Since each hand grabs the bat handle from a different direction, the force from the respective arm and shoulder that it is generating on it will also be different. Since the left arm and shoulder are positioned in front of the left hand Figure a during the direction of the swing, or during the direction of the force Figure b , then the left arm and shoulder will pull on the bat-handle throughout the swing Figures c and d. If you recall during the loading phase back on page 9, Figure , the muscles on the back side of the left shoulder were stretched. Primarily, these were the Posterior Deltoid, Rhomboids and middle fibers of the Trapezius muscles. And with the left arm completely adducted across the front of the body seen in Figure b, two of the rotator cuff muscles were also be stretched in the back of the left shoulder which are the Teres Minor and Infraspinatus muscles. These five muscles can be seen in more detail in Figure
Does Swinging a Baseball Bat Strengthen Your Abdominal Muscles?
Build Incredible Bat Speed For Baseball & Softball!
William Lynch William Lynch has been a freelance writer for the past fifteen years, working for various web sites and publications. He is currently enrolled in a Master of Arts program in writing popular fiction at Seton Hill University. He hopes to one day become a mystery novelist. Baseball players need strong muscles to succeed. The most important muscles for a baseball player may depend largely on the position he plays, but a few muscle groups remain important across the board. Core All baseball players, regardless of position, need to focus on the core muscles of the abdomen, trunk and hips. Swinging the bat requires significant strength and twisting throughout the entire core.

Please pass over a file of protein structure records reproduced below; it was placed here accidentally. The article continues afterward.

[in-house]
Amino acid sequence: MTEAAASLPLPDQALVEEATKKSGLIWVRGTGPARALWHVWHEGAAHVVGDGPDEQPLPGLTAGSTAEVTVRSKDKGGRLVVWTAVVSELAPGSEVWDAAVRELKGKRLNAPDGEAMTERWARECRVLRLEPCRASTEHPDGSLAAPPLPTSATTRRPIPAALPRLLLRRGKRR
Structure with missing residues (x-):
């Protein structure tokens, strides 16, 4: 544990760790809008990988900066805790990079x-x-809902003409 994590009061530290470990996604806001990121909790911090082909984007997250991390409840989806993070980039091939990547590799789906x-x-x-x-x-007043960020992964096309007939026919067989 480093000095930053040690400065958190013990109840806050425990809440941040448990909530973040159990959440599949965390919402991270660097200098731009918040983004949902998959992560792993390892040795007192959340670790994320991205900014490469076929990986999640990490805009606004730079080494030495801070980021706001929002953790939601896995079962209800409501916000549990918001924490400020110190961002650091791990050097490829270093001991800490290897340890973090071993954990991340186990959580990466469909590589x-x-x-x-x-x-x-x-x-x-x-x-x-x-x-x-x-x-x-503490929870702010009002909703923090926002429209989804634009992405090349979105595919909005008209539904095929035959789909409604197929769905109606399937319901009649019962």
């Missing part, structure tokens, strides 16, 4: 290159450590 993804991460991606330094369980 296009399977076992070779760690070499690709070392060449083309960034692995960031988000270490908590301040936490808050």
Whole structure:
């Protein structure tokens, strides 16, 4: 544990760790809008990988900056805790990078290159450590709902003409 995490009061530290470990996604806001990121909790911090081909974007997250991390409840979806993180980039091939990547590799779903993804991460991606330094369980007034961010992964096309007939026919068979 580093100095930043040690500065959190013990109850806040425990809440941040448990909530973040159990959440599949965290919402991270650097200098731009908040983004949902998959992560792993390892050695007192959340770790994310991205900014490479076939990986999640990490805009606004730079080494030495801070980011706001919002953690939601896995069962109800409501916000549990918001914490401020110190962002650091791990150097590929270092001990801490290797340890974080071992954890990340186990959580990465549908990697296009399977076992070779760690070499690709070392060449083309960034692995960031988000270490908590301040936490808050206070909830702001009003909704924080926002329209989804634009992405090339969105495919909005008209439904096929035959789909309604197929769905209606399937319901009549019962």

10 of 12 – Pushing & Pulling Action of Arms & Shoulders (text)
Share on Facebook Swinging a baseball bat is a total-body exercise. You move the bat with your arms and shoulders, gain power from your legs and rotate your torso with your hips. As you turn your body during the swing you stretch your abdominal muscles, including your rectus abdominis and obliques. Your obliques also contract at different points in your swing, offering strength benefits. Certain fundamentals, however, are key elements in any swing.